To access the data sweep, simply go to the main uSimX13 menu, shown in Figure 1, and click “Sweep Time Series Control Panel”. This will bring up the main interface for the data sweep (shown in Figures 4-6). To begin the sweep, first select the model and regressors desired to model the data with inside the model selection panel of the main uSimX13 interface. Then choose at which observation you’d like to carry out the data sweep (starting at observation n=60 is the default). Lastly, select how many forecast steps you’d like to use in computing the forecast error (1-24). Once content with the settings, click the “Compute time series sweep” button and watch as the window span increases from n to N, recomputing parameters, signals, and forecasts at each step (see slideshow at top of post).  Once the sweep is complete, the parameter statistics, Ljung-Box mean value at two different lags, and the total forecast error is displayed in the control panel. To compare this with another model, save the results of the sweep by clicking “save parameters” in the uSimX13 menu, and then choose another model and recompute (while using the same settings as the previous sweep, of course).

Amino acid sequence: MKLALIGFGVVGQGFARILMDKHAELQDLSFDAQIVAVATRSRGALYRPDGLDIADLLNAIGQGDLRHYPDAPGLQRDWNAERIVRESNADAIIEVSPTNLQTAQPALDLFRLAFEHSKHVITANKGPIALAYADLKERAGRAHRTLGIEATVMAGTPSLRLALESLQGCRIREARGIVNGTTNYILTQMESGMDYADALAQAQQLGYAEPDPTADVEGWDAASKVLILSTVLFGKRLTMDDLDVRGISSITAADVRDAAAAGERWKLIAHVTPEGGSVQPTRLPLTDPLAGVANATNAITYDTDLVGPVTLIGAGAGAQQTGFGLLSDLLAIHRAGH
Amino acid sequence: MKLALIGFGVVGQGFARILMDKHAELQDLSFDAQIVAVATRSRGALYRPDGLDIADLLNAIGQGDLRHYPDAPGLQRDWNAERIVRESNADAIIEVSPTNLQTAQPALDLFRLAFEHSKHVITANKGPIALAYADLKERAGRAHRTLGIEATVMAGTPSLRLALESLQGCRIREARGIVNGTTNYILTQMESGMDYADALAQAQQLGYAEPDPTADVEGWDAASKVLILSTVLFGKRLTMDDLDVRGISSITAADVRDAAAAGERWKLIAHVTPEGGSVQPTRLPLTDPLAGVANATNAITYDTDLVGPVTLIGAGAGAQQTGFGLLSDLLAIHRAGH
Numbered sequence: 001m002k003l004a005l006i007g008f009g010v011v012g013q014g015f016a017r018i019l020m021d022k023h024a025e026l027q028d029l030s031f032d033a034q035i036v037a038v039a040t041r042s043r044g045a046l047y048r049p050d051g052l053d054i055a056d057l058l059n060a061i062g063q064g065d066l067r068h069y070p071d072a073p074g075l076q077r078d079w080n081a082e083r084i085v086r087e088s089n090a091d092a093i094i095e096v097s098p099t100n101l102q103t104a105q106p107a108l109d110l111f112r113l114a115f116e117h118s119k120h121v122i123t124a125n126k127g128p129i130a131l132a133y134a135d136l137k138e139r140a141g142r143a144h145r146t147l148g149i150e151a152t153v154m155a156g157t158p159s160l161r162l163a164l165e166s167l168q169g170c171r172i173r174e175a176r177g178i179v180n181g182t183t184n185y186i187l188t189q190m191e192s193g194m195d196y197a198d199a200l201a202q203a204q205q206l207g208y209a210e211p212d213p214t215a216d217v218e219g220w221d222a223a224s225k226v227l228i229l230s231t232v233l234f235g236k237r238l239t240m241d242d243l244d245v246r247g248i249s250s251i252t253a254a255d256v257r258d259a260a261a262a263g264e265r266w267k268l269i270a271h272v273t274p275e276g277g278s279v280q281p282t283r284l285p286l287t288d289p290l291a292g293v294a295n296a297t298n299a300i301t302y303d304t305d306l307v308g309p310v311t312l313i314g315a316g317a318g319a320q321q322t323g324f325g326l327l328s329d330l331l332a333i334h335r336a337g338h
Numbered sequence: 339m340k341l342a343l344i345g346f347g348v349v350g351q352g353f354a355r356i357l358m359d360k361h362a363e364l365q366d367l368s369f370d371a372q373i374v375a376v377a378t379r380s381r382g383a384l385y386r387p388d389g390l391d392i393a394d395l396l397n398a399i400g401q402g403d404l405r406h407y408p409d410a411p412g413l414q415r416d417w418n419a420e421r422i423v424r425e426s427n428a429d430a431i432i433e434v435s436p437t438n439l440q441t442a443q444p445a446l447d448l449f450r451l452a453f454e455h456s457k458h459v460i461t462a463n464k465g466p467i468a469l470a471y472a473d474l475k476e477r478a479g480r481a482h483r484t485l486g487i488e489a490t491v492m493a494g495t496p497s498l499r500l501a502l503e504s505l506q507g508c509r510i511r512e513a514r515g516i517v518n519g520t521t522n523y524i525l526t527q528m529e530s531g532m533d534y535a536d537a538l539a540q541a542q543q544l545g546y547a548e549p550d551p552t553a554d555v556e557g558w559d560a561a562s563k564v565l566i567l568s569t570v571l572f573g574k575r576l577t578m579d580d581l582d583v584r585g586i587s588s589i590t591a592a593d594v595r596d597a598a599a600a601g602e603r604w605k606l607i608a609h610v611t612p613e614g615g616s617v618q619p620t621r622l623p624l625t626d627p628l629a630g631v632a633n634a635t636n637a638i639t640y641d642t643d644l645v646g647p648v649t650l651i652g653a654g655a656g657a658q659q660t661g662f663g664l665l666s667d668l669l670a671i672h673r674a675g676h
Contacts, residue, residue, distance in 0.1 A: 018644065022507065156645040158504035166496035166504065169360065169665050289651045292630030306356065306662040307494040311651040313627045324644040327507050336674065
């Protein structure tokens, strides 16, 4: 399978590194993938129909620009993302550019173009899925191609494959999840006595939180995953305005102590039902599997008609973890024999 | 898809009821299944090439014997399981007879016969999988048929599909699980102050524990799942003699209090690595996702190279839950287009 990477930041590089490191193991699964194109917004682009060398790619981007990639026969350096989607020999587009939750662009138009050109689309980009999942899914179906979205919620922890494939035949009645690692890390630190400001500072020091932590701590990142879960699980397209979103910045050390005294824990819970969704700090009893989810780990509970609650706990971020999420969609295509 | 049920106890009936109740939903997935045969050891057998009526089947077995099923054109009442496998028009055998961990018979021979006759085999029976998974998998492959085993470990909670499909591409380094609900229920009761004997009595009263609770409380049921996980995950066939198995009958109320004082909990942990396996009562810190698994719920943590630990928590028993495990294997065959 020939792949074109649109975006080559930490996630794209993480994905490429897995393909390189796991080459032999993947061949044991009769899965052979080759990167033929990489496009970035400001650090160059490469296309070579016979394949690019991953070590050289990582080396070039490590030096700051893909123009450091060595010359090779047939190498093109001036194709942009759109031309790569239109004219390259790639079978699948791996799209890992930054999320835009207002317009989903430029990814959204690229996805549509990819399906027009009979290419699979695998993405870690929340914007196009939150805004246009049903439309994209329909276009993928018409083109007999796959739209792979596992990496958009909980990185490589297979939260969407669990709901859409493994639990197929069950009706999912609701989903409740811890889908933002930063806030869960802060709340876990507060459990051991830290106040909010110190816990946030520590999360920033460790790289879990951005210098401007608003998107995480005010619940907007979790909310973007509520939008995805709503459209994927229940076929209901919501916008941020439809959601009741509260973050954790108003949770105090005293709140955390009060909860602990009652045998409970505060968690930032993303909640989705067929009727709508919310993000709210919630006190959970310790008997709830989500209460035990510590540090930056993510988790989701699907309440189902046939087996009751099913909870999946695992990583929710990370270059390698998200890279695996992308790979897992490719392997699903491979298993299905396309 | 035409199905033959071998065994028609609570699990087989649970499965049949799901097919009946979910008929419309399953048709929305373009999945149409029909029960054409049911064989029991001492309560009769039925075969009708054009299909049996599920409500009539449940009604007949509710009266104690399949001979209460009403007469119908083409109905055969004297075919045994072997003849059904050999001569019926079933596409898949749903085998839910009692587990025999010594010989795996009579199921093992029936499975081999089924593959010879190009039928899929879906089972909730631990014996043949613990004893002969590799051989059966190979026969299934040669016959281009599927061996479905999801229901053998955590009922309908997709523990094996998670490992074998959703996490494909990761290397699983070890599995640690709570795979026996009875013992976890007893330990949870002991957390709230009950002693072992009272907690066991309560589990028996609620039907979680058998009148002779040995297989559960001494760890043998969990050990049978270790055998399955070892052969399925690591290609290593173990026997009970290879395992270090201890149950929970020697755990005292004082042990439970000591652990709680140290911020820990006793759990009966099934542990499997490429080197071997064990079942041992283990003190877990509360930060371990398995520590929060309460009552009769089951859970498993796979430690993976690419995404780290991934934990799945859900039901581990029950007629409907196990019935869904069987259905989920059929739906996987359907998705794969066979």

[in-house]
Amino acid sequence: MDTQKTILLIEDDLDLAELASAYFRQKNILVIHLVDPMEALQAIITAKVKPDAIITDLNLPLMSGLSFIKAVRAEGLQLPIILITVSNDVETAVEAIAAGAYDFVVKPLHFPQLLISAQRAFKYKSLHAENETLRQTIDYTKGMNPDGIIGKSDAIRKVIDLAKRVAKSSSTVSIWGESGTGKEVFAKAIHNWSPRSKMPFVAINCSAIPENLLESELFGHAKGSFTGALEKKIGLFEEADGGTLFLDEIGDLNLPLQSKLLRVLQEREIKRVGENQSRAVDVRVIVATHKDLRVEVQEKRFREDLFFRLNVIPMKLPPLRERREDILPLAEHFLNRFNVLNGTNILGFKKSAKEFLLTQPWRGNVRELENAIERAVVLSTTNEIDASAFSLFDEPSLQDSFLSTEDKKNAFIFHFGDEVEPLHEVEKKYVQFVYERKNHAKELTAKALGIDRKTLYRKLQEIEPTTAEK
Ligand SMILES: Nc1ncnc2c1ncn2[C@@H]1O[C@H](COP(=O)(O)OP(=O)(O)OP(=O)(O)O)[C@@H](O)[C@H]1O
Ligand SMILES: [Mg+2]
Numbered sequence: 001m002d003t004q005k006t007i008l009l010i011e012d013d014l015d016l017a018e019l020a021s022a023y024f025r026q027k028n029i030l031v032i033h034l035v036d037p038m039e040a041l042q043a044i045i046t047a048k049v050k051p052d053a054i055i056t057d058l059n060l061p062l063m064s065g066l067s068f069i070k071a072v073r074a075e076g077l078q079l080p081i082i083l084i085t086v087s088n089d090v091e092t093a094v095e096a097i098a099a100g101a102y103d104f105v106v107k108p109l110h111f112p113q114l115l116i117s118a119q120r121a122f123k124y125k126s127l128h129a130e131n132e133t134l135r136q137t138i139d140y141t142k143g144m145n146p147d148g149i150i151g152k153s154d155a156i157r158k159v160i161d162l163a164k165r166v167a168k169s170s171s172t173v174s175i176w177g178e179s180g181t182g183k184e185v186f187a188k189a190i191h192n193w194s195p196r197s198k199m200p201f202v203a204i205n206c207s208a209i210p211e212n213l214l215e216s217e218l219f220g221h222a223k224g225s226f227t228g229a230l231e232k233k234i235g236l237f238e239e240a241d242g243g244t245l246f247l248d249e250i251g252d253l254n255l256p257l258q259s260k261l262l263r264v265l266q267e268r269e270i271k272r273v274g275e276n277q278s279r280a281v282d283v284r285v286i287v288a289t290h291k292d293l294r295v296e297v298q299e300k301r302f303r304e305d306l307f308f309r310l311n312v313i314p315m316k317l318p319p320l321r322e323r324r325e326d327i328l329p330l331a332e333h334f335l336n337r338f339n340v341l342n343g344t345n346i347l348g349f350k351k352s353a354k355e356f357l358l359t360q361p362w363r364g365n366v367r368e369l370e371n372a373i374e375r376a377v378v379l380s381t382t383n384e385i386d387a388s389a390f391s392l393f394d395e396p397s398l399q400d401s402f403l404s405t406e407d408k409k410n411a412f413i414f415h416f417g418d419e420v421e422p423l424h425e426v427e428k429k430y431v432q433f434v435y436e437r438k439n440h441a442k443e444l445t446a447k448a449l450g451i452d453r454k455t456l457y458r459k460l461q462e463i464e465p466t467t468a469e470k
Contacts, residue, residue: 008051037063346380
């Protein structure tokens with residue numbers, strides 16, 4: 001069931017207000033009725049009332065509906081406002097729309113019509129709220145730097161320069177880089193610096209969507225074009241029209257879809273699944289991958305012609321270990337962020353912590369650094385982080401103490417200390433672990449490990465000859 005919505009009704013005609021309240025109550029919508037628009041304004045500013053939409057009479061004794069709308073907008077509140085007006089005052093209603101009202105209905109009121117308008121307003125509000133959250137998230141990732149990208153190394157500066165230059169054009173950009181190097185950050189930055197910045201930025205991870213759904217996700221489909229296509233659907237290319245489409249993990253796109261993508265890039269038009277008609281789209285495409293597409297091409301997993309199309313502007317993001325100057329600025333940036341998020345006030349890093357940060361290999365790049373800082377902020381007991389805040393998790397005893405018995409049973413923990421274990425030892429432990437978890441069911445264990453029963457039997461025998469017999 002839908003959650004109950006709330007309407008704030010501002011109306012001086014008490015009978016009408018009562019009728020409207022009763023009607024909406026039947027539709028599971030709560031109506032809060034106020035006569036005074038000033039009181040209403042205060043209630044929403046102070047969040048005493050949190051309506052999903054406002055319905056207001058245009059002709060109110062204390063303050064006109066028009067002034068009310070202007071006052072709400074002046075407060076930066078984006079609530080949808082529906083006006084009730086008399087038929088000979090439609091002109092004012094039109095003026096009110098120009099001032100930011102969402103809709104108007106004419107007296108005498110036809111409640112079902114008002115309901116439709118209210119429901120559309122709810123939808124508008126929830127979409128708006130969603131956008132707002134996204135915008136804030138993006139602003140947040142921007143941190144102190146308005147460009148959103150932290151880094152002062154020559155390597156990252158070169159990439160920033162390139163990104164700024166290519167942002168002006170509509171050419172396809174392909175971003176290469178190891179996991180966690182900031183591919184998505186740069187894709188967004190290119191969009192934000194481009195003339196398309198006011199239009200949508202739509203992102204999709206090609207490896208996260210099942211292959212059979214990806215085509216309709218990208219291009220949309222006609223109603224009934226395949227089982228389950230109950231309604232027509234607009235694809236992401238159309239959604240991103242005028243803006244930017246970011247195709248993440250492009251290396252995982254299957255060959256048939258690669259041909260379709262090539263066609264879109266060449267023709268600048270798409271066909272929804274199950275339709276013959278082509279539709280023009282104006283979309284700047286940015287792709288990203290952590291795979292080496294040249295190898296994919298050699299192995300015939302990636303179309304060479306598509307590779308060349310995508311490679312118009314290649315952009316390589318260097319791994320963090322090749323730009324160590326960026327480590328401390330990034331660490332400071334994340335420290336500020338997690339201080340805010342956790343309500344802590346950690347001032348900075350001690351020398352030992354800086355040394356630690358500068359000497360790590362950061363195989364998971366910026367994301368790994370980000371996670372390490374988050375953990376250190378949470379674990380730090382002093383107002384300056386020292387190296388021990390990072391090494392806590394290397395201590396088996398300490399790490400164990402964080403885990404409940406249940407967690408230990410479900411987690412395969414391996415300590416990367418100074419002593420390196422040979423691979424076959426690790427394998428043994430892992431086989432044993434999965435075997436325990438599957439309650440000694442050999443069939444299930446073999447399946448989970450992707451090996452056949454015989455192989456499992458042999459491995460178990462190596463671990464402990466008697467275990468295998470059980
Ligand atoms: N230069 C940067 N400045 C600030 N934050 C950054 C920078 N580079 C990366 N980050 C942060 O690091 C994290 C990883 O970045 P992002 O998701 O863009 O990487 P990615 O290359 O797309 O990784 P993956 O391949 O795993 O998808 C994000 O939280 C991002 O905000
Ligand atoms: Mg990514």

To give an example of this process, we begin by simulating a time series data set of length N = 300 from a SARIMA model of dimension (0,1,2)(0,1,1)_{12}, namely a seasonal auto-regressive integrated moving-average process with two non-seasonal moving-average parameters, and one seasonal moving average parameter. The data sweep is performed on the simulated data with a forecast error horizon of length 23 using three different SARIMA models, (a) (0,1,1)(0,1,1)_{12}, (b) (1,1,0)(0,1,1)_{12}, (c) (0,1,2)(0,1,1)_{12}, the true model. See Figures 4-6 below to see the data sweep results and the estimated parameter mean and standard deviation, the average Ljung-Box statistics at lag 12 and 0, and the forecast errors for each model. Notice the forecast error for the true model (c) (figure 6) is the lowest followed by model (b) (figure 6) and then (a) (figure 4), which is exactly what we would want.

Figure 4. Model (a) and the parameter statistics, forecast error, and data sweep controls.

Figure 5. Model (b) and the parameter statistics, forecast error, and data sweep controls.

Figure 6. Model (c) (the true model) and the parameter statistics, forecast error, and data sweep controls.


iMetrica and Hybridometrics: Introduction

The high-frequency Financial Trading interface of iMetrica. Easily construct in-sample trading strategies with an array of optimizers unique to iMetrica and then employ the strategies out-of-sample to test and fine-tune the trading performance.